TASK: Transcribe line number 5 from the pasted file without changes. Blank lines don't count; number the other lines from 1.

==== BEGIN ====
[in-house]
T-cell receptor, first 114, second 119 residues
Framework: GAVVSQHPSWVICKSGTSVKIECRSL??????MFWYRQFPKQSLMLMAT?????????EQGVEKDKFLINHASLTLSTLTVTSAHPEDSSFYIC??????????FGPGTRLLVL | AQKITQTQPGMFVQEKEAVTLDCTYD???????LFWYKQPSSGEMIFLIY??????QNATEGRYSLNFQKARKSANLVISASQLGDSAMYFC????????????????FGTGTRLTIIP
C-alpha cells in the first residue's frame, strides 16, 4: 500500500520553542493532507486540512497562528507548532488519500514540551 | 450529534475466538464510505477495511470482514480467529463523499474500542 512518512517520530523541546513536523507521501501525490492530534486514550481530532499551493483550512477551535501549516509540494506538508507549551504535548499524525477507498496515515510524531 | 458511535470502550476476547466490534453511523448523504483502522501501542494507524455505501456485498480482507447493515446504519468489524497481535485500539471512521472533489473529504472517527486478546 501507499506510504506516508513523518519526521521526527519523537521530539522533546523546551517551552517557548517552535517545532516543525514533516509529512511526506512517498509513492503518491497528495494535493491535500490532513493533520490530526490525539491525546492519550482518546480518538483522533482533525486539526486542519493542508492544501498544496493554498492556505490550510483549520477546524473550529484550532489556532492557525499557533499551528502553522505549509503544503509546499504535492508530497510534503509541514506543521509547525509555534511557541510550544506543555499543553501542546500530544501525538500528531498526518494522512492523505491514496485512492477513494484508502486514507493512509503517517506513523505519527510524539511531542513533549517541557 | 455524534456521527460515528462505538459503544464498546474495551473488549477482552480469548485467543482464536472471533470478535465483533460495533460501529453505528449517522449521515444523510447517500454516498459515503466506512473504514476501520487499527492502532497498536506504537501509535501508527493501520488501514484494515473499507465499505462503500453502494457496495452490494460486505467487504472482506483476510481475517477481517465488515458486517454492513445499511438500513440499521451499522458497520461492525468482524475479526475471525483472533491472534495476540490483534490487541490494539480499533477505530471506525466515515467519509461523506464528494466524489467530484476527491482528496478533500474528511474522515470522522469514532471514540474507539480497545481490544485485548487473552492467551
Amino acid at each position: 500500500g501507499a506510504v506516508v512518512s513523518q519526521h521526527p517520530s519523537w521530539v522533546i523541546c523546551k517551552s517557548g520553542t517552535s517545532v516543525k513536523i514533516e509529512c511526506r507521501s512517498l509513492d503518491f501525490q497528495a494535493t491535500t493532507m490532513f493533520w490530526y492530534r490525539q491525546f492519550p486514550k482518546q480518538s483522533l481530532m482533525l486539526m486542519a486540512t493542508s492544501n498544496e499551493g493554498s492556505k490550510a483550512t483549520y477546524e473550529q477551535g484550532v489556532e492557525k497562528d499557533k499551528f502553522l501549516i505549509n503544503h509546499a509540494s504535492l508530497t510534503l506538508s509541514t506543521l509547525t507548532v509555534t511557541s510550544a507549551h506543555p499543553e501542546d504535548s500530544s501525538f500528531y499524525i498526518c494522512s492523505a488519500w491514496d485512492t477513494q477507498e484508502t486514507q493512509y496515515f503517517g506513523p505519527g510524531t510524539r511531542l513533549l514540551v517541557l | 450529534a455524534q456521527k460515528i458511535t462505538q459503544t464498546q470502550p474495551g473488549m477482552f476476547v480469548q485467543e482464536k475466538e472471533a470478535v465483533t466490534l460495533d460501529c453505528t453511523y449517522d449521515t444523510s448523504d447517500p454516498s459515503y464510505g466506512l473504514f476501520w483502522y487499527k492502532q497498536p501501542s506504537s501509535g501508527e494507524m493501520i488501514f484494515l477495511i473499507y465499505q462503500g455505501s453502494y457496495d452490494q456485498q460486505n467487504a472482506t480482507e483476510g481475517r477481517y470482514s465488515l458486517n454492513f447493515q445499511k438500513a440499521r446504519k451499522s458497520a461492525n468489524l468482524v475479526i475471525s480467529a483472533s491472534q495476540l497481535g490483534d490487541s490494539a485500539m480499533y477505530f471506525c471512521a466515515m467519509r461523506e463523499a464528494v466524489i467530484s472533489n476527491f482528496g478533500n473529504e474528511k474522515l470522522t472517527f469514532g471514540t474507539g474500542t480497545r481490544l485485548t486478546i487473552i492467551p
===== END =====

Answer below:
Amino acid at each position: 500500500g501507499a506510504v506516508v512518512s513523518q519526521h521526527p517520530s519523537w521530539v522533546i523541546c523546551k517551552s517557548g520553542t517552535s517545532v516543525k513536523i514533516e509529512c511526506r507521501s512517498l509513492d503518491f501525490q497528495a494535493t491535500t493532507m490532513f493533520w490530526y492530534r490525539q491525546f492519550p486514550k482518546q480518538s483522533l481530532m482533525l486539526m486542519a486540512t493542508s492544501n498544496e499551493g493554498s492556505k490550510a483550512t483549520y477546524e473550529q477551535g484550532v489556532e492557525k497562528d499557533k499551528f502553522l501549516i505549509n503544503h509546499a509540494s504535492l508530497t510534503l506538508s509541514t506543521l509547525t507548532v509555534t511557541s510550544a507549551h506543555p499543553e501542546d504535548s500530544s501525538f500528531y499524525i498526518c494522512s492523505a488519500w491514496d485512492t477513494q477507498e484508502t486514507q493512509y496515515f503517517g506513523p505519527g510524531t510524539r511531542l513533549l514540551v517541557l | 450529534a455524534q456521527k460515528i458511535t462505538q459503544t464498546q470502550p474495551g473488549m477482552f476476547v480469548q485467543e482464536k475466538e472471533a470478535v465483533t466490534l460495533d460501529c453505528t453511523y449517522d449521515t444523510s448523504d447517500p454516498s459515503y464510505g466506512l473504514f476501520w483502522y487499527k492502532q497498536p501501542s506504537s501509535g501508527e494507524m493501520i488501514f484494515l477495511i473499507y465499505q462503500g455505501s453502494y457496495d452490494q456485498q460486505n467487504a472482506t480482507e483476510g481475517r477481517y470482514s465488515l458486517n454492513f447493515q445499511k438500513a440499521r446504519k451499522s458497520a461492525n468489524l468482524v475479526i475471525s480467529a483472533s491472534q495476540l497481535g490483534d490487541s490494539a485500539m480499533y477505530f471506525c471512521a466515515m467519509r461523506e463523499a464528494v466524489i467530484s472533489n476527491f482528496g478533500n473529504e474528511k474522515l470522522t472517527f469514532g471514540t474507539g474500542t480497545r481490544l485485548t486478546i487473552i492467551p